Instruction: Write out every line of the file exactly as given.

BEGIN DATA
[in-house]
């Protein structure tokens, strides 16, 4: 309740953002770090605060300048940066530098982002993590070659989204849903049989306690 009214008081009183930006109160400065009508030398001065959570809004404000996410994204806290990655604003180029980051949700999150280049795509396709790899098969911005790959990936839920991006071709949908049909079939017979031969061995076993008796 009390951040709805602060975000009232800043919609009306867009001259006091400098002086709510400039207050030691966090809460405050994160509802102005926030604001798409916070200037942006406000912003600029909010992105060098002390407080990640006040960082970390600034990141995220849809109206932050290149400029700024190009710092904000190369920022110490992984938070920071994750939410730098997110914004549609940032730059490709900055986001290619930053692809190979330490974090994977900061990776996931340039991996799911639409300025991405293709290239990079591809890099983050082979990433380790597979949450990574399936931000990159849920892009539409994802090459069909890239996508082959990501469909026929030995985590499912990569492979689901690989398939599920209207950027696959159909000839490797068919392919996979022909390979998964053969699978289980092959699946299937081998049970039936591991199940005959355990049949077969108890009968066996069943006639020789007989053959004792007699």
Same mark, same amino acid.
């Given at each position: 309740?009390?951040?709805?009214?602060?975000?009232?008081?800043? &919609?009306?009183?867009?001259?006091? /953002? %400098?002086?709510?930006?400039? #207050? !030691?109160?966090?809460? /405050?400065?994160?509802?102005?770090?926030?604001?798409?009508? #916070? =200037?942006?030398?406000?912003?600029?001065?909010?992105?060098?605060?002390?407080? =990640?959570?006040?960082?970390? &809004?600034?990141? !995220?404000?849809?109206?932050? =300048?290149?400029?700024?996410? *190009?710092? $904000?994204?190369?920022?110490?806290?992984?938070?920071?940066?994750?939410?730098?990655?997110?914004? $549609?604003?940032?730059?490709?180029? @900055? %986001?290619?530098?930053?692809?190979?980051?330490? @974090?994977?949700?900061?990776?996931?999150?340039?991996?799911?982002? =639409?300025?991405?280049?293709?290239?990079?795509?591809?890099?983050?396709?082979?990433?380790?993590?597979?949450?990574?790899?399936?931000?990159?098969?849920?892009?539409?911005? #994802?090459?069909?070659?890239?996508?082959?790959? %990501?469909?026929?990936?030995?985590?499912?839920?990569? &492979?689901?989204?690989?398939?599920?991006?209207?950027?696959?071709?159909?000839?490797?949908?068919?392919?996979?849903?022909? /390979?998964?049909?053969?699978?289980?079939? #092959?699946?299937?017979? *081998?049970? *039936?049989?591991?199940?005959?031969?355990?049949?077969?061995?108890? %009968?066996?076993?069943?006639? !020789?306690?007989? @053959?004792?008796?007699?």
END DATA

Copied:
[in-house]
């Protein structure tokens, strides 16, 4: 309740953002770090605060300048940066530098982002993590070659989204849903049989306690 009214008081009183930006109160400065009508030398001065959570809004404000996410994204806290990655604003180029980051949700999150280049795509396709790899098969911005790959990936839920991006071709949908049909079939017979031969061995076993008796 009390951040709805602060975000009232800043919609009306867009001259006091400098002086709510400039207050030691966090809460405050994160509802102005926030604001798409916070200037942006406000912003600029909010992105060098002390407080990640006040960082970390600034990141995220849809109206932050290149400029700024190009710092904000190369920022110490992984938070920071994750939410730098997110914004549609940032730059490709900055986001290619930053692809190979330490974090994977900061990776996931340039991996799911639409300025991405293709290239990079591809890099983050082979990433380790597979949450990574399936931000990159849920892009539409994802090459069909890239996508082959990501469909026929030995985590499912990569492979689901690989398939599920209207950027696959159909000839490797068919392919996979022909390979998964053969699978289980092959699946299937081998049970039936591991199940005959355990049949077969108890009968066996069943006639020789007989053959004792007699």
Same mark, same amino acid.
């Given at each position: 309740?009390?951040?709805?009214?602060?975000?009232?008081?800043? &919609?009306?009183?867009?001259?006091? /953002? %400098?002086?709510?930006?400039? #207050? !030691?109160?966090?809460? /405050?400065?994160?509802?102005?770090?926030?604001?798409?009508? #916070? =200037?942006?030398?406000?912003?600029?001065?909010?992105?060098?605060?002390?407080? =990640?959570?006040?960082?970390? &809004?600034?990141? !995220?404000?849809?109206?932050? =300048?290149?400029?700024?996410? *190009?710092? $904000?994204?190369?920022?110490?806290?992984?938070?920071?940066?994750?939410?730098?990655?997110?914004? $549609?604003?940032?730059?490709?180029? @900055? %986001?290619?530098?930053?692809?190979?980051?330490? @974090?994977?949700?900061?990776?996931?999150?340039?991996?799911?982002? =639409?300025?991405?280049?293709?290239?990079?795509?591809?890099?983050?396709?082979?990433?380790?993590?597979?949450?990574?790899?399936?931000?990159?098969?849920?892009?539409?911005? #994802?090459?069909?070659?890239?996508?082959?790959? %990501?469909?026929?990936?030995?985590?499912?839920?990569? &492979?689901?989204?690989?398939?599920?991006?209207?950027?696959?071709?159909?000839?490797?949908?068919?392919?996979?849903?022909? /390979?998964?049909?053969?699978?289980?079939? #092959?699946?299937?017979? *081998?049970? *039936?049989?591991?199940?005959?031969?355990?049949?077969?061995?108890? %009968?066996?076993?069943?006639? !020789?306690?007989? @053959?004792?008796?007699?």